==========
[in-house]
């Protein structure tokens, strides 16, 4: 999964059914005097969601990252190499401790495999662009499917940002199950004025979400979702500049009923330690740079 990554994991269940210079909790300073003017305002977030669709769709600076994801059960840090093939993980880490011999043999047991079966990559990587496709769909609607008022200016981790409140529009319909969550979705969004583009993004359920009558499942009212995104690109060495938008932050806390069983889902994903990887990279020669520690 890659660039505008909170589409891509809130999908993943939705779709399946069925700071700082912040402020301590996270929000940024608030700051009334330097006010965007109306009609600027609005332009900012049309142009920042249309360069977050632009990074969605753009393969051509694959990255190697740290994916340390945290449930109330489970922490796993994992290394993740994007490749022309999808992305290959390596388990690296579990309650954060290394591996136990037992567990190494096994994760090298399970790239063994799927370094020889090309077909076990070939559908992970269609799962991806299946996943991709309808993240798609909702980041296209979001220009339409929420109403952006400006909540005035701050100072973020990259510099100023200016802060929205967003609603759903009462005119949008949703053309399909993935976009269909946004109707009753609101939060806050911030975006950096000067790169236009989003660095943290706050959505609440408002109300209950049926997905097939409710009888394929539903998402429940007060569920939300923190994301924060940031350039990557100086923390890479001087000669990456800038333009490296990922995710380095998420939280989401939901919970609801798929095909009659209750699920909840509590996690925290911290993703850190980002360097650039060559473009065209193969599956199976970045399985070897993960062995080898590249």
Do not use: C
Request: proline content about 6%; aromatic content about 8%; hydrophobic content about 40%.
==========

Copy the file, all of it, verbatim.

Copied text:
[in-house]
């Protein structure tokens, strides 16, 4: 999964059914005097969601990252190499401790495999662009499917940002199950004025979400979702500049009923330690740079 990554994991269940210079909790300073003017305002977030669709769709600076994801059960840090093939993980880490011999043999047991079966990559990587496709769909609607008022200016981790409140529009319909969550979705969004583009993004359920009558499942009212995104690109060495938008932050806390069983889902994903990887990279020669520690 890659660039505008909170589409891509809130999908993943939705779709399946069925700071700082912040402020301590996270929000940024608030700051009334330097006010965007109306009609600027609005332009900012049309142009920042249309360069977050632009990074969605753009393969051509694959990255190697740290994916340390945290449930109330489970922490796993994992290394993740994007490749022309999808992305290959390596388990690296579990309650954060290394591996136990037992567990190494096994994760090298399970790239063994799927370094020889090309077909076990070939559908992970269609799962991806299946996943991709309808993240798609909702980041296209979001220009339409929420109403952006400006909540005035701050100072973020990259510099100023200016802060929205967003609603759903009462005119949008949703053309399909993935976009269909946004109707009753609101939060806050911030975006950096000067790169236009989003660095943290706050959505609440408002109300209950049926997905097939409710009888394929539903998402429940007060569920939300923190994301924060940031350039990557100086923390890479001087000669990456800038333009490296990922995710380095998420939280989401939901919970609801798929095909009659209750699920909840509590996690925290911290993703850190980002360097650039060559473009065209193969599956199976970045399985070897993960062995080898590249």
Do not use: C
Request: proline content about 6%; aromatic content about 8%; hydrophobic content about 40%.